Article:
Perhaps most important is the need to act quickly to stanch any ongoing parental alienation. Delay is the enemy of a healthy outcome, since the longer alienation lasts, the worse and more intractable it becomes. Experts in PA, like Linda Gottlieb, emphasize the need for courts to intervene quickly and decisively.
Practitioners should be alive to the need to make urgent applications to the court to counter any delay in the police process and to allow for proper fact finding on the allegations undertaken by a family judge especially when there is no clear time line from the police…
Re E (A child)  EWHC 3251 (Fam) includes guidance for case management in parental alienation cases, and in particular notes that in such cases evidence should be heard at an early stage and emphasises the need for judicial continuity…
The sooner the court hears oral evidence the better in cases such as these. Despite the very real pressures on the court and the current judicial thinking to allow for only composite or "rolled up" hearings in the average case, these serious and complex cases do require allegations (if made) to be resolved first and/or for the court to determine and make findings as to the appropriateness of a parent having contact as soon as possible.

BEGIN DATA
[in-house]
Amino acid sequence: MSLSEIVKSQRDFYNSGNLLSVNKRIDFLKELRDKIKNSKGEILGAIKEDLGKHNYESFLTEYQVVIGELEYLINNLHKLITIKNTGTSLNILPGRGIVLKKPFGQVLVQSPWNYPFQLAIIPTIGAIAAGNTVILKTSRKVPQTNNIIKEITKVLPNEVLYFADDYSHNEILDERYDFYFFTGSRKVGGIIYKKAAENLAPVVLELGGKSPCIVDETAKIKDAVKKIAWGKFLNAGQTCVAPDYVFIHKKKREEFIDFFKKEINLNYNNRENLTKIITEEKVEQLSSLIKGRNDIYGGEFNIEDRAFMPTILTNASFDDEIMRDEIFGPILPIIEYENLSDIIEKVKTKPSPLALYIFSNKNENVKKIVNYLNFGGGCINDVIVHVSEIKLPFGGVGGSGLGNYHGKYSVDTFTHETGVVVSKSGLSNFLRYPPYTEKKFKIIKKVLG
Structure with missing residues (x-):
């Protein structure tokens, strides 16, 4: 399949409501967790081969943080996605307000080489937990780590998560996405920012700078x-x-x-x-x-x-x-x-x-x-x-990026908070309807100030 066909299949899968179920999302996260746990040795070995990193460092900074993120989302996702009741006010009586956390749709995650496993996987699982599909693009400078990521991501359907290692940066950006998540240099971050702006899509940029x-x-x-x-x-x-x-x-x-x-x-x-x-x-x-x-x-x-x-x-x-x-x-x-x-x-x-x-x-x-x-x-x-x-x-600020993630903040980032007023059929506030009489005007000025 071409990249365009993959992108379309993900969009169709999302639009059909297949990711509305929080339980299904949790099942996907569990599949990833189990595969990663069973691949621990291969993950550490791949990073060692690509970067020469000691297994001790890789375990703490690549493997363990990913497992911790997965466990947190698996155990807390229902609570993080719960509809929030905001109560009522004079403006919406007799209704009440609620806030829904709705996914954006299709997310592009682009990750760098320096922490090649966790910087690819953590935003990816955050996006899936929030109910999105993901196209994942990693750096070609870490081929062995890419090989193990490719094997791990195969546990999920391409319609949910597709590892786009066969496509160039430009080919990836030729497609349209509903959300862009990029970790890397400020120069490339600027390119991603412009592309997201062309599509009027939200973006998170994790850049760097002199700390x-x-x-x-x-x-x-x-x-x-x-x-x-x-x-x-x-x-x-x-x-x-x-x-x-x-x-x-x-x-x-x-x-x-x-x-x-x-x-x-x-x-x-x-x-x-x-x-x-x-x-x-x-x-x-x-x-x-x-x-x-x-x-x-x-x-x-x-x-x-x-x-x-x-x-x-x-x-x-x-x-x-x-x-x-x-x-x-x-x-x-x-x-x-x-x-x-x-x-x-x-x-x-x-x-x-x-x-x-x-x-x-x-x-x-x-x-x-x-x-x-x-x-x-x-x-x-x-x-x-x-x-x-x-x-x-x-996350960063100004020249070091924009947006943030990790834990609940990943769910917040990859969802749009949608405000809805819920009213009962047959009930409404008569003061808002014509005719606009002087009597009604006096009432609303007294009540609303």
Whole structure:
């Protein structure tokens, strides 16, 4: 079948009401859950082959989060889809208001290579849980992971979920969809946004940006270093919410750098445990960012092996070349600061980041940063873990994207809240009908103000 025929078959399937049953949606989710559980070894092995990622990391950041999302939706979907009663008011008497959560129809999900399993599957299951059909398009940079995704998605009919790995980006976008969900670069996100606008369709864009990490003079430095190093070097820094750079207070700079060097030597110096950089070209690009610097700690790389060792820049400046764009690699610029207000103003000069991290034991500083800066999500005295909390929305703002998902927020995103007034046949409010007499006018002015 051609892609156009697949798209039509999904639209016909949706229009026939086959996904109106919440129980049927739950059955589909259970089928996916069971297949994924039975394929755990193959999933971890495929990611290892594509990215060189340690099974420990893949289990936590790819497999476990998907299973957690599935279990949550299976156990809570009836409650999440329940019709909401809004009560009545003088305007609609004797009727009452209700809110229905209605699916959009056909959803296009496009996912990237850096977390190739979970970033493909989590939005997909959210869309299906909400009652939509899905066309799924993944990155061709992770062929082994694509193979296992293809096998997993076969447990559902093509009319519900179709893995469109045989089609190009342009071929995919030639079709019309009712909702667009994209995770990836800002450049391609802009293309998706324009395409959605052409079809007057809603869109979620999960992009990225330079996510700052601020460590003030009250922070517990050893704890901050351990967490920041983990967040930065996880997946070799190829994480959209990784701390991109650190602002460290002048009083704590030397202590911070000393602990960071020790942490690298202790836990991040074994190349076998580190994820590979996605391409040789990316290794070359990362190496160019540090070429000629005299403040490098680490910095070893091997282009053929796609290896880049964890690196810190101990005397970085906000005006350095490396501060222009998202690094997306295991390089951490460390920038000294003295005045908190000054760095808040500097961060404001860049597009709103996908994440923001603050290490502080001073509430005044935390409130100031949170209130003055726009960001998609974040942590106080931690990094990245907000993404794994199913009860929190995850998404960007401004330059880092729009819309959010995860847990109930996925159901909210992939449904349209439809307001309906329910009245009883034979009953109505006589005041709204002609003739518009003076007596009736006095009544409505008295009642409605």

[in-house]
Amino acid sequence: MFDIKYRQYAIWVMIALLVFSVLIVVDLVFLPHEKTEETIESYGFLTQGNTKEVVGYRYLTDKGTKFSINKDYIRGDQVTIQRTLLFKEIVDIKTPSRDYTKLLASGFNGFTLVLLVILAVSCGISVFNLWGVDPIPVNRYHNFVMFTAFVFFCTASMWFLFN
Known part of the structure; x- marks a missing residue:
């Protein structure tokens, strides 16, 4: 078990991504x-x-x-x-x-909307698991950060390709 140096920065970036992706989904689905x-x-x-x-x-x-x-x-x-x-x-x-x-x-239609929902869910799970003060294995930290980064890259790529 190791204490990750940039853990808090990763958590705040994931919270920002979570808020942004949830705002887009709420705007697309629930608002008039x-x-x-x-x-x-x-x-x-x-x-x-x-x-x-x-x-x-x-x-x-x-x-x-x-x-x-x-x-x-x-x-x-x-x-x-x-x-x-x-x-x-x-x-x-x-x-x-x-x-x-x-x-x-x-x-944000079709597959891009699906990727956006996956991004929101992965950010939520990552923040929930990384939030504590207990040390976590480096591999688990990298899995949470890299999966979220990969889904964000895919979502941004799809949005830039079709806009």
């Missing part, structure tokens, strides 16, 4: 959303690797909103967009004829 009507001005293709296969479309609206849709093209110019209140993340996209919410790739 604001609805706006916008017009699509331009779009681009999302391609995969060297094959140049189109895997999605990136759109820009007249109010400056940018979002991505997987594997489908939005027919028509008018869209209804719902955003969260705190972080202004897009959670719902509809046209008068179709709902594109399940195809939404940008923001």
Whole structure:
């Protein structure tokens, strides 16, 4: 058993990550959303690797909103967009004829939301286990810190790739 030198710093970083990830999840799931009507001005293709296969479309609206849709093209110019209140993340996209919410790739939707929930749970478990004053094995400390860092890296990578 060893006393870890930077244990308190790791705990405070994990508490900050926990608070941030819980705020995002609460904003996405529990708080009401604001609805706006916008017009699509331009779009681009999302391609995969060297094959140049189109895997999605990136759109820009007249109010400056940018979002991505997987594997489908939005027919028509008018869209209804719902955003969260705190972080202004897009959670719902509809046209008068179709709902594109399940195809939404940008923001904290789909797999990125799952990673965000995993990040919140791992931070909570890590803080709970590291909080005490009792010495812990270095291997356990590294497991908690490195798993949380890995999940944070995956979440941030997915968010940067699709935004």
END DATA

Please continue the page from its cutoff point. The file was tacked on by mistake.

And once a parent is exonerated of the claimed abuse, what should a court do to re-establish regular contact between the parent and the child?
A clear view seems to be emerging that judicial control of situations of these types is essential. In an appropriate case a suspended residence order can be considered a weapon in the court’s armoury to ensure contact is finally supported by an intransigent parent.
Temporary suspension of the alienating parent’s access to the child is one approach, but that often results in worse behavior later. Recall the case of Canadian dad Danny Dimm. His ex aggressively alienated their son from him, so the court ordered that he have “make-up” time, i.e. several months of uninterrupted contact in a row. Dimm’s ex responded to that by taking the child and disappearing. She was later found hiding in a DV shelter in the United States.
Mental health professionals like Gottlieb urge a change in custody. They point out that parental alienation constitutes child abuse and, generally speaking, abusive parents should have at best limited contact with their kids. That’s an extreme approach, but PA can be extremely abusive.
#parentalalienation, #childabuse, #socialworkers